PARIS, May 6, 2014 – As part of his regular courses at CELSA PARIS-SORBONNE (the name CELSA stands for “École des hautes études en sciences de l’information et de la communication”), Herbert Koch, Senior Consultant at de concert communication, presented two crisis communication studies. This presentation was given on May 5 and 6 as part of the master program “communication, tourism and culture”. After an introduction into the field of risk and crisis communication, Herbert gave an overview of a crisis-event in Lech and a catastrophe in Kaprun.

On February 17, 2012, an avalanche buried alive the Dutch prince Johan Friso, the second son of Queen Beatrix of the Netherlands. This crisis was managed in a very professionnal way both from a rescue and medical as well as from a communication point of view. The Dutch royal family has been coming to Lech, a famous winter resort spot (see above photo), since 1959. Although all rescue activities were put in place in the most timely way possible, Johan Friso never recovered from his accident. This tragedy did not undo the strong bounds that had been created between the royal family and the citizen and the community of Lech.

On November 11, 2000, a fire occurred in an ascending train in the tunnel of the funicular in the village of Kaprun, Austria. The disaster claimed the lives of 155 people, leaving only 12 survivors from the burning train. The victims were skiers on their way to the Kitzsteinhorn Glacier. This tragedy has become part of the history of Kaprun. 4 years after this tragic event, a memorial was inaugurated (see picture below).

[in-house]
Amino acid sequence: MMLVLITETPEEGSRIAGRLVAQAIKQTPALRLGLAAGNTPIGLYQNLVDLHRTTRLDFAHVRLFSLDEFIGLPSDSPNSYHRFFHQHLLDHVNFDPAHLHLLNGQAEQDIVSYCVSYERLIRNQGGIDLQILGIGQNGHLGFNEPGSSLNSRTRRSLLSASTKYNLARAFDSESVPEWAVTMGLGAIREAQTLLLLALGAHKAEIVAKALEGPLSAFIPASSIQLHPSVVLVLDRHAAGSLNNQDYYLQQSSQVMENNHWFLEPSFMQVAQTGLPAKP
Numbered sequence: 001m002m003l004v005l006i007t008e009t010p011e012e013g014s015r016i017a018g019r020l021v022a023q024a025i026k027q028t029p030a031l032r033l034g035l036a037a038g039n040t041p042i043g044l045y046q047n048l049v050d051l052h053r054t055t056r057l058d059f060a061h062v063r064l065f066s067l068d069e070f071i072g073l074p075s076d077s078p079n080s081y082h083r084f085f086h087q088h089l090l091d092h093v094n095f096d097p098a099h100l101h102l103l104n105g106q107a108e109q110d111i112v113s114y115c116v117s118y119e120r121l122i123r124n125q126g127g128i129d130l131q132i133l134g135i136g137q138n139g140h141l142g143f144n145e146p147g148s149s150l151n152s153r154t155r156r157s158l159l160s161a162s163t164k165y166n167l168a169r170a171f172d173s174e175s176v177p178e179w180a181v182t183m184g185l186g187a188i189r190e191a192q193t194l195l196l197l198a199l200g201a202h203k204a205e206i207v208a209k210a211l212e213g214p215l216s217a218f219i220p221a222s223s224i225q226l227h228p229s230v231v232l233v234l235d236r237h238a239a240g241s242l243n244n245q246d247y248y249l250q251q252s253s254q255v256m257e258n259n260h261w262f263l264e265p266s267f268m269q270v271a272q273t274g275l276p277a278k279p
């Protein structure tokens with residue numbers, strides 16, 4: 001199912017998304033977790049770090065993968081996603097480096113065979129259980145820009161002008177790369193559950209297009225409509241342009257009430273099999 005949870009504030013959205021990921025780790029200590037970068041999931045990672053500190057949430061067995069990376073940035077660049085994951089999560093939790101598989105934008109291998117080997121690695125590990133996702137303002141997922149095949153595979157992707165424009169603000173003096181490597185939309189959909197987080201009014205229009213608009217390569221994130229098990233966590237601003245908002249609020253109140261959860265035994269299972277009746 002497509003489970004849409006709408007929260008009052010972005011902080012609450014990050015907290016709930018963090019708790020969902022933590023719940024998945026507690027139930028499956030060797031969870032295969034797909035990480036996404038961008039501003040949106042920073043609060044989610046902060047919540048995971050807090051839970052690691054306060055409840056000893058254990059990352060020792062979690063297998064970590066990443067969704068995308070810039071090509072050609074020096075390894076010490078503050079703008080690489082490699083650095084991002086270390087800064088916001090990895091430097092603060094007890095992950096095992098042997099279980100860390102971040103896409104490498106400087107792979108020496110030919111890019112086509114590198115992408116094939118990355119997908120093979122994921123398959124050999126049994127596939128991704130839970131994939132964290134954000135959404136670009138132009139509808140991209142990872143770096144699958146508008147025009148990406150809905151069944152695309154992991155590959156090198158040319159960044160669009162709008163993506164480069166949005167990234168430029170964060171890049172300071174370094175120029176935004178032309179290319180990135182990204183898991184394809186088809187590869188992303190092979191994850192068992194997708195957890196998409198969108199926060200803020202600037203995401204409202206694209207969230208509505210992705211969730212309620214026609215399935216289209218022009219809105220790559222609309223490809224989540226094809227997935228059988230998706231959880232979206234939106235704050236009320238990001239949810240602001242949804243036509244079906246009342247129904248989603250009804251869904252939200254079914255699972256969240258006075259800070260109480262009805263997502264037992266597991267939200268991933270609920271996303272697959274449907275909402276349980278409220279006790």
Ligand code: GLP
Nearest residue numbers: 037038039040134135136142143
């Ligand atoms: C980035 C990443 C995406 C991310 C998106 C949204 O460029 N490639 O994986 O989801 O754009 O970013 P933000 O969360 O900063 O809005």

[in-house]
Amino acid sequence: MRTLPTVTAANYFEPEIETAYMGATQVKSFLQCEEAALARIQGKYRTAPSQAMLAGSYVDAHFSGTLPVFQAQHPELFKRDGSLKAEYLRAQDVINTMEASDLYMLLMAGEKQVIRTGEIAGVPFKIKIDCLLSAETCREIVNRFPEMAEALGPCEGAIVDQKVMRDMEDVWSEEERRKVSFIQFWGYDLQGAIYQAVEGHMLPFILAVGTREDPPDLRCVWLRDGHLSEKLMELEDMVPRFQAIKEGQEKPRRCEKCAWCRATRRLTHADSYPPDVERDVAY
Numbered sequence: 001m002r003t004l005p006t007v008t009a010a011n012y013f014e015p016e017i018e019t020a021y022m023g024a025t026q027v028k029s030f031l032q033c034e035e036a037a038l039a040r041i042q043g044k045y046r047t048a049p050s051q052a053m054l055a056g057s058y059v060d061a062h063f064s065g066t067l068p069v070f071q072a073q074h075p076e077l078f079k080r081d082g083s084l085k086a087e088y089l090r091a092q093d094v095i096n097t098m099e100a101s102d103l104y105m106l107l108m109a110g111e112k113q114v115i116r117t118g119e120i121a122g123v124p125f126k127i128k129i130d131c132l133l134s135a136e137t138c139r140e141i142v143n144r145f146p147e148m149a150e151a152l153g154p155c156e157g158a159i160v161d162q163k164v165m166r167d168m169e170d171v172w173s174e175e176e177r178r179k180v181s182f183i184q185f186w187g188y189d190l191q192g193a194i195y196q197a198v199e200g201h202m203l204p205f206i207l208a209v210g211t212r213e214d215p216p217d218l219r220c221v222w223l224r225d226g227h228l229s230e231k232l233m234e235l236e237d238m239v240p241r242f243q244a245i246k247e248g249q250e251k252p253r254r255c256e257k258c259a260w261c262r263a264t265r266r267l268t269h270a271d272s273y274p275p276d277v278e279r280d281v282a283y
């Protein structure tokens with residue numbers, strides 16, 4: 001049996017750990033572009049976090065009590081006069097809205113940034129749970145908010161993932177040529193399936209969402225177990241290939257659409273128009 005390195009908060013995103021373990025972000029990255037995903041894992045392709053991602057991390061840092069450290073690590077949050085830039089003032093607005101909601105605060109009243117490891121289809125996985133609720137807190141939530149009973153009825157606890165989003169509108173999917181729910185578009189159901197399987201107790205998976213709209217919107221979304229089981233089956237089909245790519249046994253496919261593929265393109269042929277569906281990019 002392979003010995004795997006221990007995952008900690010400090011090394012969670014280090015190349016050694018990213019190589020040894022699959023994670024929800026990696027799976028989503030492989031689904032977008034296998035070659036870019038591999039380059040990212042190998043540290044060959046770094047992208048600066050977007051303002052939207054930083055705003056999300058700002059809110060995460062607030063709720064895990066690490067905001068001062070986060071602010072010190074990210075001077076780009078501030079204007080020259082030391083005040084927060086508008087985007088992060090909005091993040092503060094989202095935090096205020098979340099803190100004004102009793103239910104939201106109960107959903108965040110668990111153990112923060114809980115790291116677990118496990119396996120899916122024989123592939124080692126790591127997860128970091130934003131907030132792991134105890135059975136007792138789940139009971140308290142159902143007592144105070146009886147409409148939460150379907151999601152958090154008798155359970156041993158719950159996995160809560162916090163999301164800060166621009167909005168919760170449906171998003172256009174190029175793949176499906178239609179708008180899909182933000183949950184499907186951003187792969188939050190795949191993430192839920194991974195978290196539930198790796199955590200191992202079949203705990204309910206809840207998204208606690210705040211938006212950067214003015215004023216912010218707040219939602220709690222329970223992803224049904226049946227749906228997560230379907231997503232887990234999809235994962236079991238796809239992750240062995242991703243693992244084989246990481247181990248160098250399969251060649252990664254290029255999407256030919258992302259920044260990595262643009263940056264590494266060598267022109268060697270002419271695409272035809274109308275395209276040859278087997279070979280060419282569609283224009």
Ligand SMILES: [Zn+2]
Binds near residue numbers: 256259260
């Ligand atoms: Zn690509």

Gedenkstätte Kaprun

The Memorial of Kaprun (photo by I. Menphrad)

For the survivors, relatives and friends of the victims and the citizen of Kaprun, the meetings, the selection and construction process of the Memorial was an important tool to cope with their grief. The animation of this process had been dealt with by an outside Vienna based PR-agency.


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